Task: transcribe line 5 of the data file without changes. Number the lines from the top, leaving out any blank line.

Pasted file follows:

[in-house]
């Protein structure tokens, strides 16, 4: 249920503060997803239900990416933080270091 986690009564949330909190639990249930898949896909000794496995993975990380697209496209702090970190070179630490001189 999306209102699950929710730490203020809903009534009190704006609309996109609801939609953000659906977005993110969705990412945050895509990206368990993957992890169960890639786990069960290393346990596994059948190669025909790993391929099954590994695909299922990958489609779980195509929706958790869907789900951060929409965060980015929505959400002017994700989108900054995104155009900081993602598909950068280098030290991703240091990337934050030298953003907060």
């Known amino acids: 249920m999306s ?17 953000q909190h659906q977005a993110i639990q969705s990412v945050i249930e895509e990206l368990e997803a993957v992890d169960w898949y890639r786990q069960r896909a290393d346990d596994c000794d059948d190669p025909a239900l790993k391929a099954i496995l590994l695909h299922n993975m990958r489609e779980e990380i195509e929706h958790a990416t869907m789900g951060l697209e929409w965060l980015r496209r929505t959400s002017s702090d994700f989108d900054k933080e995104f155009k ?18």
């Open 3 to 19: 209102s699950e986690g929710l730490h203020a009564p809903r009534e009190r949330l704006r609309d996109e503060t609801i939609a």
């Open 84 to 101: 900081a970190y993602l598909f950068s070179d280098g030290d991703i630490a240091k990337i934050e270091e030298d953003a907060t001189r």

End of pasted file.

């Open 84 to 101: 900081a970190y993602l598909f950068s070179d280098g030290d991703i630490a240091k990337i934050e270091e030298d953003a907060t001189r």